Brian Mulroney praises O'Toole as 'steady, strong and visionary'

·3 min read
Brian Mulroney praises O'Toole as 'steady, strong and visionary'
Former prime minister Brian Mulroney spoke at a Conservative campaign event in Quebec, praising Erin O'Toole. (Paul Daly/The Canadian Press - image credit)
Former prime minister Brian Mulroney spoke at a Conservative campaign event in Quebec, praising Erin O'Toole. (Paul Daly/The Canadian Press - image credit)

Former prime minister and Progressive Conservative leader Brian Mulroney gave a ringing endorsement to Conservative Leader Erin O'Toole Wednesday evening.

At a Conservative rally at the Hôtel Chéribourg in Orford, Que., Mulroney praised O'Toole's leadership of the party, calling him "steady, strong and visionary."

O'Toole's campaign appearance alongside an former Progressive Conservative leader like Mulroney is another sign that the Conservative leader is making a play for more moderate voters.

Earlier Wednesday, O'Toole tried to distance himself from the policies of past leaders like Stephen Harper and Andrew Scheer, who were more closely tied to the Conservative party's other predecessor parties — the more right-wing Reform and Canadian Alliance. Under Harper and Scheer, some past PC supporters felt alienated from the Conservative cause and defected to the Liberal party.

"My priority has been to build a Conservative movement where every Canadian can feel at home. Inclusive, diverse, forward-looking, progressive, worker-friendly," O'Toole said at a campaign stop in Saguenay, Que. "We're not your dad's Conservative Party anymore."

Referring to his own tumultuous time in office, Mulroney suggested that in a post-COVID era, an O'Toole-led government might have to make some major changes that could prove divisive.

Mulroney left office deeply unpopular with voters. In retirement, he has worked to rebrand his failed constitutional reform efforts and his introduction of the Goods and Services Tax (GST) as initiatives that were necessary to country's continued prosperity.

"There'll be tough and deep structural changes to be made for our country if we are to enhance the prosperity and influence of Canada," Mulroney said.

"Some of these decisions may make Erin unpopular. Of course, I never was ... Canadians are very resistant to change but I know that he and his government will persist and implement their agenda and will be looked upon then and throughout history with favour."

Mulroney's campaign appearance happened just a day after former Liberal prime minister Jean Chrétien spoke at a party rally in Brampton, Ont., in support of Liberal Leader Justin Trudeau.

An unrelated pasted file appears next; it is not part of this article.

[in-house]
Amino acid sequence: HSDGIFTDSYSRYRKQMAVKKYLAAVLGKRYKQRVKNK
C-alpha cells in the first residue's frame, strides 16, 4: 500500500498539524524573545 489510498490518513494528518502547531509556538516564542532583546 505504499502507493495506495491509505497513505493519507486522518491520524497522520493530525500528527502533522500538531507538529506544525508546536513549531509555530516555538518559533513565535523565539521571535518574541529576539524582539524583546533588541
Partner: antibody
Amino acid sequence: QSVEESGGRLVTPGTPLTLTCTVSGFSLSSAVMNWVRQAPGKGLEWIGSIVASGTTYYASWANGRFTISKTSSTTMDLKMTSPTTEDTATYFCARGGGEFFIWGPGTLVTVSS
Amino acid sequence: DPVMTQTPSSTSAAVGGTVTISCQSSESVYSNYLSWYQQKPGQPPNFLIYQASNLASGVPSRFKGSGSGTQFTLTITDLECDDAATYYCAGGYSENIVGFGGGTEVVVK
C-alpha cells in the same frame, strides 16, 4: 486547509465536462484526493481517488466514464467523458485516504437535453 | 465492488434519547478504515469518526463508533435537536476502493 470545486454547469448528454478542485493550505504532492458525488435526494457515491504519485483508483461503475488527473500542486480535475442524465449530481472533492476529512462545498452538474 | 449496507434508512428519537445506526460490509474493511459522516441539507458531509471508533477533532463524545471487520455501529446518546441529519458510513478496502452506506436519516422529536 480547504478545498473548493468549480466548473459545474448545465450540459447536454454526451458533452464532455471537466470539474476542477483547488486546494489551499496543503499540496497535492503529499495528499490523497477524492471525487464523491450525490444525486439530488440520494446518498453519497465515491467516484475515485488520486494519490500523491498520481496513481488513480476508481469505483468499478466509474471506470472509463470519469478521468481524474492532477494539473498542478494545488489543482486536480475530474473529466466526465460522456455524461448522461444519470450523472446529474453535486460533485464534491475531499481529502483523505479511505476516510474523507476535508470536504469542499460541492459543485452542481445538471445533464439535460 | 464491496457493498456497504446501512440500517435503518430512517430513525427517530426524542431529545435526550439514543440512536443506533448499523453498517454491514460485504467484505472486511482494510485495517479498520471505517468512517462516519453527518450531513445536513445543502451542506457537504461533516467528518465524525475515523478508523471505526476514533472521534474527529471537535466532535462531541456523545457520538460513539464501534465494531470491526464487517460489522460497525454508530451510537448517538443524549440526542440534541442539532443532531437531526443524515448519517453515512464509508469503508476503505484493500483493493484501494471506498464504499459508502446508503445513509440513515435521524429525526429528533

WATCH / Former PM Mulroney endorses O'Toole

Unlike Chrétien, Mulroney did not criticize the leaders of rival parties in his speech.

"I'm not here tonight to attack anybody. I'm here for one single reason — to help elect Erin O'Toole as the next prime minister of Canada," Mulroney said to cheers.

Mulroney also drew attention to similarities between himself and O'Toole.

"I married up, and so did Erin," Mulroney said, referring to his spouse, Mila, and O'Toole's, Rebecca. "I became a lawyer, so did Erin."

When O'Toole took the stage, he took shots at Trudeau over calling a mid-pandemic election and Liberal scandals involving SNC-Lavalin and the WE Charity.

"We're in the very last stretch of the race, and this is when we're kicking it into high gear," O'Toole said. "The one reason why Mr. Trudeau has called this election is to save his job."

Mulroney, who is 82 and was prime minister from 1984 to 1993, generally has stayed away from campaign events in federal elections since leaving politics. He was the last Progressive Conservative prime minister elected with a majority government; in 1984 his party won the largest number of seats at the federal level in Canadian history.

WATCH / Erin O'Toole on Mulroney's appearance at event

Mulroney retired in 1993 and under his successor, Kim Campbell, the PCs lost all but two of their seats in the 1993 federal election.

In his speech, Mulroney said that O'Toole spoke with him in the months leading up to the election.

"I had a call from Erin. He said, 'Prime minister, I should tell you that there are bad polls, predicting my defeat. We are getting negative media coverage, and there is grumbling in the party. What do you think?'" Mulroney recounted.

"'I said, 'Erin, I think you should be thrilled ... because that's exactly what they said about me, three months before the election in '84 when we won the largest majority in the history of Canada.'"

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